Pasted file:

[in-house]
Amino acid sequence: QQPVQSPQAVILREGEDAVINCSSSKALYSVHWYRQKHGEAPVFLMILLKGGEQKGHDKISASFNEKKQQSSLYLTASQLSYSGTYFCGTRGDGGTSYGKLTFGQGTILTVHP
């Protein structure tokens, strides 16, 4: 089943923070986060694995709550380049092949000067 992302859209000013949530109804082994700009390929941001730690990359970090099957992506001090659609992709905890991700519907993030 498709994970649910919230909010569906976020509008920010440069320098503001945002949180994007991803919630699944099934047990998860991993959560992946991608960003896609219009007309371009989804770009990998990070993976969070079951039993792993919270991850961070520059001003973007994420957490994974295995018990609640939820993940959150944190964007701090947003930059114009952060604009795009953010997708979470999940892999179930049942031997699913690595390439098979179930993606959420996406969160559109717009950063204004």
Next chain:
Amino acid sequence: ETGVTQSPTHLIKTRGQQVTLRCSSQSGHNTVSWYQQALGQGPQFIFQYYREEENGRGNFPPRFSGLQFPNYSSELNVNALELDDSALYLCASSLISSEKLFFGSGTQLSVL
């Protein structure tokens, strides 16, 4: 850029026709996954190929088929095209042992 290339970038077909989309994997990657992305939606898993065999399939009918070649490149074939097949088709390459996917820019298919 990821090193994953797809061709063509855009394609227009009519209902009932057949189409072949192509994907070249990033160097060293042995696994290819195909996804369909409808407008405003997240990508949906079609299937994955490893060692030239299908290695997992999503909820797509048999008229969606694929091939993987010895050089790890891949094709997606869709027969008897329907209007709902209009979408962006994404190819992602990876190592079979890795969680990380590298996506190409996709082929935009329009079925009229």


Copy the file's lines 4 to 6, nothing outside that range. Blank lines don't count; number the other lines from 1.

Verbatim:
Next chain:
Amino acid sequence: ETGVTQSPTHLIKTRGQQVTLRCSSQSGHNTVSWYQQALGQGPQFIFQYYREEENGRGNFPPRFSGLQFPNYSSELNVNALELDDSALYLCASSLISSEKLFFGSGTQLSVL
């Protein structure tokens, strides 16, 4: 850029026709996954190929088929095209042992 290339970038077909989309994997990657992305939606898993065999399939009918070649490149074939097949088709390459996917820019298919 990821090193994953797809061709063509855009394609227009009519209902009932057949189409072949192509994907070249990033160097060293042995696994290819195909996804369909409808407008405003997240990508949906079609299937994955490893060692030239299908290695997992999503909820797509048999008229969606694929091939993987010895050089790890891949094709997606869709027969008897329907209007709902209009979408962006994404190819992602990876190592079979890795969680990380590298996506190409996709082929935009329009079925009229």